Mythbusters - Myth 6
Eligibility for SDA occupancy is determined by using the SDA Rules (2020) which is a part of legislation. The NDIA also considers their own operational guidelines when making a decision about whether someone can live alone.
The part of the SDA Rules that talks about occupancy is Rule 16. Eligibility includes:
When considering whether someone is eligible to live alone, the NDIA also look at their Operational Guidelines, which say that:
Kate is 50 years old and has lived in her family home for 20 years with her husband Curren. Kate has a diagnosis of Multiple Sclerosis (MS). Kate uses a power wheelchair to mobilise and transfers in and out of her wheelchair with the support of a ceiling hoist and another person.
Over the years, as Kate’s MS has progressed and she has been unable to access the kitchen and shower in her home for the last year. Kate wants to live alone so that her husband, children, and friends can visit as often and for as long as they like.
Kate is likely to meet the eligibility requirements for single occupancy as the support model of a single occupancy apartment would meet Kate’s support needs, and she is looking forward to being able to cook some meals for herself in an accessible kitchen. She is able to use an alert system, and can usually wait for ad hoc support. Kate also meets the eligibility requirements for single occupancy as living alone would increase her social participation and facilitate her established connections with her friends and family.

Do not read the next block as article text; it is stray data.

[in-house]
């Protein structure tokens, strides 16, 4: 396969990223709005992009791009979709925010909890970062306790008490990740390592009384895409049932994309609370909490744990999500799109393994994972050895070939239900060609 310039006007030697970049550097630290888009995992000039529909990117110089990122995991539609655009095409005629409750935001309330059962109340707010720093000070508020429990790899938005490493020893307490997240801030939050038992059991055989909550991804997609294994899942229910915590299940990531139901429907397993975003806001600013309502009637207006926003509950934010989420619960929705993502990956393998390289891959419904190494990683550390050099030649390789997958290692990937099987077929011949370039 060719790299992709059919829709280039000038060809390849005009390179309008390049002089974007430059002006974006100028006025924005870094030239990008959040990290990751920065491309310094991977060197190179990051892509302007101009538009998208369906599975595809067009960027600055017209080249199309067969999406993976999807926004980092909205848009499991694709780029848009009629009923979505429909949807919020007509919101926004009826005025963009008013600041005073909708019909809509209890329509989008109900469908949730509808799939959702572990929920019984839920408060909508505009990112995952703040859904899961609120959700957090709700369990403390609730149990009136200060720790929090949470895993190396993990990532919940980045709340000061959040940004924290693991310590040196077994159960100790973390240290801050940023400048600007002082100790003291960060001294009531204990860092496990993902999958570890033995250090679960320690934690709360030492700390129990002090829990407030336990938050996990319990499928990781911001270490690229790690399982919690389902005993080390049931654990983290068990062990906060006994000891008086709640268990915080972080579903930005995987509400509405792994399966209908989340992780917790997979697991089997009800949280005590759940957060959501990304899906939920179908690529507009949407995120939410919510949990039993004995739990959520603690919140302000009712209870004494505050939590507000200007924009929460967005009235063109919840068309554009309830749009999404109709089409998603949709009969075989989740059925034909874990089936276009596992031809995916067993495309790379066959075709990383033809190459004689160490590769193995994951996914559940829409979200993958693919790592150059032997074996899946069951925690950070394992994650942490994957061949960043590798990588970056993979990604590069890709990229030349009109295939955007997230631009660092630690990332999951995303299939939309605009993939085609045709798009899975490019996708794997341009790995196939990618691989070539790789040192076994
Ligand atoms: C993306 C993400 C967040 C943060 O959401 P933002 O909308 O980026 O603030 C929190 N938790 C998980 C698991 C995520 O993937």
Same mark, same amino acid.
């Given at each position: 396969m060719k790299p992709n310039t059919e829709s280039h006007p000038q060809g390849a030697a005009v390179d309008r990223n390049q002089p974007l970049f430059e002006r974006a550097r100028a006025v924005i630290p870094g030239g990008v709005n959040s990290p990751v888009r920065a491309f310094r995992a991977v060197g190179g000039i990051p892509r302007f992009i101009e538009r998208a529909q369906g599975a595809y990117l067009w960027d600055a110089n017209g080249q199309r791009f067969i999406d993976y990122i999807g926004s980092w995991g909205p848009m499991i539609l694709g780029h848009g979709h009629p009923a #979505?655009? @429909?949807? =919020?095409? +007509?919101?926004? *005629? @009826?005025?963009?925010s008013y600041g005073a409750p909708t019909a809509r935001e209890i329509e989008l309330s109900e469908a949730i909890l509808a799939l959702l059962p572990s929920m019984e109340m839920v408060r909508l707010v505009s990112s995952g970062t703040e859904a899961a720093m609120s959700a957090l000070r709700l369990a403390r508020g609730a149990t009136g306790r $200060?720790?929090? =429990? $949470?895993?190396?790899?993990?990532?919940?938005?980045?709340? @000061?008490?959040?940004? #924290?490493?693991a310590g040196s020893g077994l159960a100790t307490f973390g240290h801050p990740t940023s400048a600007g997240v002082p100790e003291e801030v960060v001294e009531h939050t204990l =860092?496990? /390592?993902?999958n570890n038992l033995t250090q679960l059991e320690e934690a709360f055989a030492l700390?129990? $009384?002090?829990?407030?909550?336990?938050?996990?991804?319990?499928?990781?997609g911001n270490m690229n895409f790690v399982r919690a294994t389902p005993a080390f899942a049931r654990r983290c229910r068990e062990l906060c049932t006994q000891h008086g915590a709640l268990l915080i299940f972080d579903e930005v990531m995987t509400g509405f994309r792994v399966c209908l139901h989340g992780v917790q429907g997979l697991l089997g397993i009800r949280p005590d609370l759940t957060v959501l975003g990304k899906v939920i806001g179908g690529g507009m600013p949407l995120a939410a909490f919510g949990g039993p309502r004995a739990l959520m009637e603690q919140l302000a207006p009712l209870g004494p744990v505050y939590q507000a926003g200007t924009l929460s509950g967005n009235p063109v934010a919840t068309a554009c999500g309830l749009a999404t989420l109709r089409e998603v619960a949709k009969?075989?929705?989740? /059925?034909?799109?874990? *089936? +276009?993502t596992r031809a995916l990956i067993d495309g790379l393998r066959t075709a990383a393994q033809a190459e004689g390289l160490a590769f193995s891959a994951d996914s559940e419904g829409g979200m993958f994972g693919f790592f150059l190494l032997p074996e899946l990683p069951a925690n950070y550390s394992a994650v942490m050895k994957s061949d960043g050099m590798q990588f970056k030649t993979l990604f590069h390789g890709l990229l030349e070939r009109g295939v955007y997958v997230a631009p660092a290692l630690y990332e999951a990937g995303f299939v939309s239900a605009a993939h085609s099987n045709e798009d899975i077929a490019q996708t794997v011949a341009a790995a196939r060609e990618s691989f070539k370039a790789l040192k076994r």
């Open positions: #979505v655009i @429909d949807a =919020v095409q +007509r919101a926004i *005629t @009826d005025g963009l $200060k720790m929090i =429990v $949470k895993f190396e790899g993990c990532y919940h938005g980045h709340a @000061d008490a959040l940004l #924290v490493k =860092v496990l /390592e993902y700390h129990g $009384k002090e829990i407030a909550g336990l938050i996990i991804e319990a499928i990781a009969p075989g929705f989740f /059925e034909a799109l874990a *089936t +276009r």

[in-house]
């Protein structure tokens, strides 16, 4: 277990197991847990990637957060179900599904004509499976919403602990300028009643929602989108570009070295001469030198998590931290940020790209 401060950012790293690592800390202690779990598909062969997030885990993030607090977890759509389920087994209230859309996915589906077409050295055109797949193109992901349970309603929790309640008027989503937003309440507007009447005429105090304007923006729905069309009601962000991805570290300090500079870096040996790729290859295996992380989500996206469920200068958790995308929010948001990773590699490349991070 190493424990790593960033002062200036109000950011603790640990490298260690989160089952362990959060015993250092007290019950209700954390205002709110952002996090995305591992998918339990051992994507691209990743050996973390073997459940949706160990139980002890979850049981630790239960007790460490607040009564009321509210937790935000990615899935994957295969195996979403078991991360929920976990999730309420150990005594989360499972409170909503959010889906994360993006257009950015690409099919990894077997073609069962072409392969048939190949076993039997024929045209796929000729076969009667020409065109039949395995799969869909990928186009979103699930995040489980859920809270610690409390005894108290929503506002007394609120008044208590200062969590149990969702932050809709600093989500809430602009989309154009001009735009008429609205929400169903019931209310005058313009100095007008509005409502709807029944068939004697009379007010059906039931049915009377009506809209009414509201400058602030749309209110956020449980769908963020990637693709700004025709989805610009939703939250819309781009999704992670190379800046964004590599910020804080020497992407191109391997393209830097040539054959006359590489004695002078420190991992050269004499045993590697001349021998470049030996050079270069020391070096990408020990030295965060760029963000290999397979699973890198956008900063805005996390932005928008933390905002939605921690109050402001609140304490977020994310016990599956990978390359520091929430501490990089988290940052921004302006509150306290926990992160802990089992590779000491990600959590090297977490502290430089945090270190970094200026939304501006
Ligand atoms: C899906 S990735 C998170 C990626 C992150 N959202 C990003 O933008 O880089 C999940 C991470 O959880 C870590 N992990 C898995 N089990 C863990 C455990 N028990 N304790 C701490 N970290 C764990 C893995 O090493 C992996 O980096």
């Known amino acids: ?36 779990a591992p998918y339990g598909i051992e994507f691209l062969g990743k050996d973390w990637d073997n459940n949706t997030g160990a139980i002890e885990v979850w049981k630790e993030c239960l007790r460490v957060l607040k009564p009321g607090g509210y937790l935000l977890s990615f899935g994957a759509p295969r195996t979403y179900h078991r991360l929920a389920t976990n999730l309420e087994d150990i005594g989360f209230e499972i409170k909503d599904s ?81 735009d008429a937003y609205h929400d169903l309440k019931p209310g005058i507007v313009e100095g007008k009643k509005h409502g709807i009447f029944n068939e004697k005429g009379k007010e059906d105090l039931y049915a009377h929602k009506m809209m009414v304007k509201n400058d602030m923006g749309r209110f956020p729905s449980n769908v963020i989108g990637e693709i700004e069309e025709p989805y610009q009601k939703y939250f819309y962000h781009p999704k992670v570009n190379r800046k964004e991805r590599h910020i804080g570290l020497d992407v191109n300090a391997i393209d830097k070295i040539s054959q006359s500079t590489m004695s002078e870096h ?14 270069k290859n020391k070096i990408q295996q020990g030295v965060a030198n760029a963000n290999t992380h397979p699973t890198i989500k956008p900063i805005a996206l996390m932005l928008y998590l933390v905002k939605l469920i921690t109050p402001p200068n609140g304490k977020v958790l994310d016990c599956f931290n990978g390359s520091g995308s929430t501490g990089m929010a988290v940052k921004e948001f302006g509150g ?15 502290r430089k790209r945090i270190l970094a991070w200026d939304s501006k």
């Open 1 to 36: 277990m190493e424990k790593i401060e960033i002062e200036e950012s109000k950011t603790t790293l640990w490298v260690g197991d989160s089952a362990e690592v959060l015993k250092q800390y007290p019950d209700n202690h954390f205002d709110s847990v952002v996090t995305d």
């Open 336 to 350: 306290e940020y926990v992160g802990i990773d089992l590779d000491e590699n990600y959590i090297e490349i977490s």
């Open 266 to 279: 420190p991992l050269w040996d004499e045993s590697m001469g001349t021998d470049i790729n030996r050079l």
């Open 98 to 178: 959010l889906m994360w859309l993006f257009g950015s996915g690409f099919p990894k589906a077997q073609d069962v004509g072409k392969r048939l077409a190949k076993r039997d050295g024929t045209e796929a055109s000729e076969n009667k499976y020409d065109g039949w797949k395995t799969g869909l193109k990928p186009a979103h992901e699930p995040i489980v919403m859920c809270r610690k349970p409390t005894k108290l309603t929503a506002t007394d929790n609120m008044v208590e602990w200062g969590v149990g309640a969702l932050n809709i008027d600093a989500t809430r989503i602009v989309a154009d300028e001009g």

Jim is 65 years old and has lived alone in a privately rented home for the past 8 years. Jim experienced a stroke in the past year and has been in hospital since then. Jim is unable to mobilise by himself and someone must propel his manual wheelchair. Jim transfers in and out of his wheelchair with the support of another person.
Jim is medically ready for discharge, but is unable to return to his previous home as it is not wheelchair accessible and his tenancy agreement has ended. Jim requires 1:1 support at all times and his neurologist has advised that his independent living skills will not improve. The impacts of Jim’s stroke means that he cannot communicate and is unable to tell anyone where he wants to live. His son, Raphael, is his legal decision maker and wants Jim to live alone in an apartment.
Jim is not likely to meet the eligibility requirements for single occupancy as he is unable to tell the NDIA whether he wants to live alone, he cannot use technology to call for assistance, and he does not have ad hoc support needs.
Contact our NDIS Housing Advice Line on 1300 61 64 63 from Monday-Friday, 10am-3pm (AEDT).